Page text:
Saturday, June 15, 2013

Your Friendly Tech Tip of the Week - Removing Rogue Toolbars

I can't tell you how many times in the last few weeks I've helped people remove major annoyances on their computers from items they didn't mean to install. Each person was stumped about how it happened, so I figured there may be other people wondering. So this begins my new "Friendly Tech Tip of the Week" series.

Symptom/Complaint: "My Internet is really slow all of a sudden" or "My home page changed" or the most common, "What happened to Google? I'm getting some weird search engine show up."

Problem: You inadvertently installed something and ended up with a rogue toolbar or search engine. You may have even done this a few times and ended up with something like this at the top of your Internet browser....

Image courtesy of puptoes74

MY EYES, MY EYES!! Ouch! That's one cluttered browsing experience. Those are toolbars. Way too many toolbars. And if your browser looks like that, you most likely didn't do it on purpose. (I hope, anyway)

Solution: Open your "control panel" and sort the list by date. Look at what you've recently installed. Odds are that you'll see the rogue toolbar(s) in the list. Now uninstall it. Remove any search engines or toolbars that you don't want. Once you clean up these extras bogging down your browser, you should have a more pleasant online experience.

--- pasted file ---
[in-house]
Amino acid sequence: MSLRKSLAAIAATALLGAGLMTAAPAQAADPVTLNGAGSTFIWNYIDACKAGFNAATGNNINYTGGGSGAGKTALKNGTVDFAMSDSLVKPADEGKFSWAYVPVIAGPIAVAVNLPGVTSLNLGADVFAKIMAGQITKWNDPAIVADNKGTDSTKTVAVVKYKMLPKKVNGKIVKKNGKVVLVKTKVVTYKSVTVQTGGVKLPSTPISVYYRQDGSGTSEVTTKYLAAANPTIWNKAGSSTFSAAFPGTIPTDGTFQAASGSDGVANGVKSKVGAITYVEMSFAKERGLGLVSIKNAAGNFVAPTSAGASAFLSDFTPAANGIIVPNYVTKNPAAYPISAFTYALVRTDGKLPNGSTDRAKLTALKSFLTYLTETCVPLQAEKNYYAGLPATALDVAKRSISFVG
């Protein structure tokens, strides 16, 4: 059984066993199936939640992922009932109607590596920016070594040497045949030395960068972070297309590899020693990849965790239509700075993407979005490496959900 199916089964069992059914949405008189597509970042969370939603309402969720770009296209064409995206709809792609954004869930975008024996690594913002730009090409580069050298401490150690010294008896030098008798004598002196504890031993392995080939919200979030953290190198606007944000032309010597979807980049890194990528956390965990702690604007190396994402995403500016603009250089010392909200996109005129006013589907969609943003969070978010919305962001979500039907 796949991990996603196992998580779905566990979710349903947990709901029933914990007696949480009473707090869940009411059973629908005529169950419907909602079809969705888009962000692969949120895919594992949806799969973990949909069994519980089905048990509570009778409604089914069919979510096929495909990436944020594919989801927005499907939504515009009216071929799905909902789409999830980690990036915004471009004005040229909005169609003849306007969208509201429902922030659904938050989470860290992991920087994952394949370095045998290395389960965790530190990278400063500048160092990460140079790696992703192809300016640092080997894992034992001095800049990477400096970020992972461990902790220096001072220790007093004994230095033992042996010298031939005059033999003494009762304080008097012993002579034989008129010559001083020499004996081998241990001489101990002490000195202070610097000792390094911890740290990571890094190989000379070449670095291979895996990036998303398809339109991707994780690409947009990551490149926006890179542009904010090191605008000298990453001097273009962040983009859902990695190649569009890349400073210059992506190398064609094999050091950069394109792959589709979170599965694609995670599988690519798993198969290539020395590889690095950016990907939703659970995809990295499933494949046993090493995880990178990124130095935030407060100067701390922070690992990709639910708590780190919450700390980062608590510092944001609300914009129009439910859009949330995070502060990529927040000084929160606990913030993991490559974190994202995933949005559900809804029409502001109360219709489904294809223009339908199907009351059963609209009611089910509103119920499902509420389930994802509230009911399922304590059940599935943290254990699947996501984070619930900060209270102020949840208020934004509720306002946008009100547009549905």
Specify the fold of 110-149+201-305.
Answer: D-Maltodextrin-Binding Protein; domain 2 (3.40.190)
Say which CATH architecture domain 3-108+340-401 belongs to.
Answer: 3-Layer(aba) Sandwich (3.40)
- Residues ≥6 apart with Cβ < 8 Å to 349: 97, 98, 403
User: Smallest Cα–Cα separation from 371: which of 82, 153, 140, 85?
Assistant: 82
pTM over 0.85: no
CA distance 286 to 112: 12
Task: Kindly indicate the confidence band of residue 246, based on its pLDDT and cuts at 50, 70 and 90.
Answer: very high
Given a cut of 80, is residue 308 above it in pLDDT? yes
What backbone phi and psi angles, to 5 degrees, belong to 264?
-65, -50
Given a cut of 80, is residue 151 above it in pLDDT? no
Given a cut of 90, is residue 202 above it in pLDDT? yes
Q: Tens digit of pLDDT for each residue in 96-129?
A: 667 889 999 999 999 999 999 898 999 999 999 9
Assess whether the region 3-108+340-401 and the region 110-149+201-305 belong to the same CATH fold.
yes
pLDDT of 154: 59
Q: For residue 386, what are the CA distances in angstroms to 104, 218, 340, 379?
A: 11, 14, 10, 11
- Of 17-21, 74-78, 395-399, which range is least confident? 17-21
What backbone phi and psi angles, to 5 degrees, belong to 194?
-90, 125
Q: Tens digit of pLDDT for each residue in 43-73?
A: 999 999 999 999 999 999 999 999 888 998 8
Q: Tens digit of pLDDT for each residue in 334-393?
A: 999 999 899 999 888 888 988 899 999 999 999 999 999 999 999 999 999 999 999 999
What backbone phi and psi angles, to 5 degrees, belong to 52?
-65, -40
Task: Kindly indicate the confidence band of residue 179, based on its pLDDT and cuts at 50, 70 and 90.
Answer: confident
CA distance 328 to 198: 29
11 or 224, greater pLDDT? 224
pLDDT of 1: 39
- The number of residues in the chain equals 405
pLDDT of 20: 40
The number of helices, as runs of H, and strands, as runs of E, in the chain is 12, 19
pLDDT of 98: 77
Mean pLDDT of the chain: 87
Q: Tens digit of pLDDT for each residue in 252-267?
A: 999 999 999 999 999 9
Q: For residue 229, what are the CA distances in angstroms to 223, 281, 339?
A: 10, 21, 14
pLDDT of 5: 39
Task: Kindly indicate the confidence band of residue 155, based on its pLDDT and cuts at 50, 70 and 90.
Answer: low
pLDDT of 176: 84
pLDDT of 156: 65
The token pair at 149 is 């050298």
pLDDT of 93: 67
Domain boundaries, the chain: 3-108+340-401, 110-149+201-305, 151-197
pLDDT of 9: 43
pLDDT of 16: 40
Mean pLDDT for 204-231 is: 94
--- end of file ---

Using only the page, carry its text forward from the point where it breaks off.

How did this happen?
You know those applications that seem to need updating all the time, like Java, Flash or Adobe? Some of those apps sneakily add in something extra while updating. You must be very careful to catch it or you add one of these toolbars to your browser. See the check box below on this Java update. Typically, the check boxes are teeny tiny and already checked, so you must "uncheck" them.

Be vigilant about these updates from now on. Or you'll end up with numerous tool bars. Sometimes you even get some other search engine sneaking in there. It hijacks your home screen and/or your default search engine. Those can be very tricky to get rid of. Most of the time, you need to just go to your Control Panel to see what you've recently installed, and you can get rid of them right there. Other times, they hide and you have to do some careful weeding in your system registry, which I don't advise without expert help, because you can cause real trouble there.

Moral of the story? Be careful with updates. Rather than speedily clicking through those "next" screens, read the fine print. Bonus tip - When you download an application from an unknown source, do a Google search first to see if the app is safe from malware or spyware. CNET does a pretty good job of telling you if an app is known to have spyware/malware. But at the very minimum, just take 5 minutes to do a Google search and you'll know right away if it's a bad app.

I hope you enjoyed. Please let me know if you have questions, or if you'd like to add your experience with this aggravating issue.